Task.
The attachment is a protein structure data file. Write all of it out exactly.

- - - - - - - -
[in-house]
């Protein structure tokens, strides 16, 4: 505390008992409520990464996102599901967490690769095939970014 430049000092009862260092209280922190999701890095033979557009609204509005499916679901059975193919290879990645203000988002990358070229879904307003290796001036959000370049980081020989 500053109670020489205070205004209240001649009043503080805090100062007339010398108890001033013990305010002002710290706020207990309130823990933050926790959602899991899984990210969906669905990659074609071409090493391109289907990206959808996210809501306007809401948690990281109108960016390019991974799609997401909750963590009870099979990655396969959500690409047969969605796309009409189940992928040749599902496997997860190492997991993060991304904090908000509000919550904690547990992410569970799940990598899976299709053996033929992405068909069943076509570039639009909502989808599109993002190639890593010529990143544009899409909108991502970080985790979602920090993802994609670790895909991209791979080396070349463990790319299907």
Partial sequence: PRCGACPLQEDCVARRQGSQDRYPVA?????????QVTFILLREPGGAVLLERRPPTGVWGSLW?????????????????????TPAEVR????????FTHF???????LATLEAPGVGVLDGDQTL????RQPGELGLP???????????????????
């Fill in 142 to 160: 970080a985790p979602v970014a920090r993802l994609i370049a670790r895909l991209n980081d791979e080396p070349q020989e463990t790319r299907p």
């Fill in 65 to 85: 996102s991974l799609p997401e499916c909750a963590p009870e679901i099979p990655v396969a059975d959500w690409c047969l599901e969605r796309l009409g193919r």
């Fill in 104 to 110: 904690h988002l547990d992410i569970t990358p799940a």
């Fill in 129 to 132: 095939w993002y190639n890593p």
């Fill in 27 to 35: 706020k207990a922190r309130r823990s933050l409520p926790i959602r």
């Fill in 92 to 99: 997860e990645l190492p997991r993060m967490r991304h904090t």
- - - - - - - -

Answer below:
[in-house]
């Protein structure tokens, strides 16, 4: 505390008992409520990464996102599901967490690769095939970014 430049000092009862260092209280922190999701890095033979557009609204509005499916679901059975193919290879990645203000988002990358070229879904307003290796001036959000370049980081020989 500053109670020489205070205004209240001649009043503080805090100062007339010398108890001033013990305010002002710290706020207990309130823990933050926790959602899991899984990210969906669905990659074609071409090493391109289907990206959808996210809501306007809401948690990281109108960016390019991974799609997401909750963590009870099979990655396969959500690409047969969605796309009409189940992928040749599902496997997860190492997991993060991304904090908000509000919550904690547990992410569970799940990598899976299709053996033929992405068909069943076509570039639009909502989808599109993002190639890593010529990143544009899409909108991502970080985790979602920090993802994609670790895909991209791979080396070349463990790319299907």
Partial sequence: PRCGACPLQEDCVARRQGSQDRYPVA?????????QVTFILLREPGGAVLLERRPPTGVWGSLW?????????????????????TPAEVR????????FTHF???????LATLEAPGVGVLDGDQTL????RQPGELGLP???????????????????
């Fill in 142 to 160: 970080a985790p979602v970014a920090r993802l994609i370049a670790r895909l991209n980081d791979e080396p070349q020989e463990t790319r299907p």
């Fill in 65 to 85: 996102s991974l799609p997401e499916c909750a963590p009870e679901i099979p990655v396969a059975d959500w690409c047969l599901e969605r796309l009409g193919r």
């Fill in 104 to 110: 904690h988002l547990d992410i569970t990358p799940a």
């Fill in 129 to 132: 095939w993002y190639n890593p």
């Fill in 27 to 35: 706020k207990a922190r309130r823990s933050l409520p926790i959602r």
């Fill in 92 to 99: 997860e990645l190492p997991r993060m967490r991304h904090t």